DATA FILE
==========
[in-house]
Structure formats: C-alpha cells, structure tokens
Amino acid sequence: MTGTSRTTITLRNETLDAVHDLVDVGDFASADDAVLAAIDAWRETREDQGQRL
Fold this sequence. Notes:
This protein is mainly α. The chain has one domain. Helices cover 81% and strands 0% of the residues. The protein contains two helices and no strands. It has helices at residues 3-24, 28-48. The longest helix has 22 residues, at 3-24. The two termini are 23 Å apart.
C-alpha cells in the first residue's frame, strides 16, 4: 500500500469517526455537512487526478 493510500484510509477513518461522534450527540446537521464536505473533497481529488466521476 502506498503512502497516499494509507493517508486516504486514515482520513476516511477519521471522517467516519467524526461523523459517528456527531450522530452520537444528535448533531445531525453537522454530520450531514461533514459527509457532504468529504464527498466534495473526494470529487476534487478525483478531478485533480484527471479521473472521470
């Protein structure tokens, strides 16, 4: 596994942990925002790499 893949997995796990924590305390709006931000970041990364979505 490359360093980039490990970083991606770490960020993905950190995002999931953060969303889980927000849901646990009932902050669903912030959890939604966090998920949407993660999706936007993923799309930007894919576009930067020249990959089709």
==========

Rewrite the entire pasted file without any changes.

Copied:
[in-house]
Structure formats: C-alpha cells, structure tokens
Amino acid sequence: MTGTSRTTITLRNETLDAVHDLVDVGDFASADDAVLAAIDAWRETREDQGQRL
Fold this sequence. Notes:
This protein is mainly α. The chain has one domain. Helices cover 81% and strands 0% of the residues. The protein contains two helices and no strands. It has helices at residues 3-24, 28-48. The longest helix has 22 residues, at 3-24. The two termini are 23 Å apart.
C-alpha cells in the first residue's frame, strides 16, 4: 500500500469517526455537512487526478 493510500484510509477513518461522534450527540446537521464536505473533497481529488466521476 502506498503512502497516499494509507493517508486516504486514515482520513476516511477519521471522517467516519467524526461523523459517528456527531450522530452520537444528535448533531445531525453537522454530520450531514461533514459527509457532504468529504464527498466534495473526494470529487476534487478525483478531478485533480484527471479521473472521470
């Protein structure tokens, strides 16, 4: 596994942990925002790499 893949997995796990924590305390709006931000970041990364979505 490359360093980039490990970083991606770490960020993905950190995002999931953060969303889980927000849901646990009932902050669903912030959890939604966090998920949407993660999706936007993923799309930007894919576009930067020249990959089709």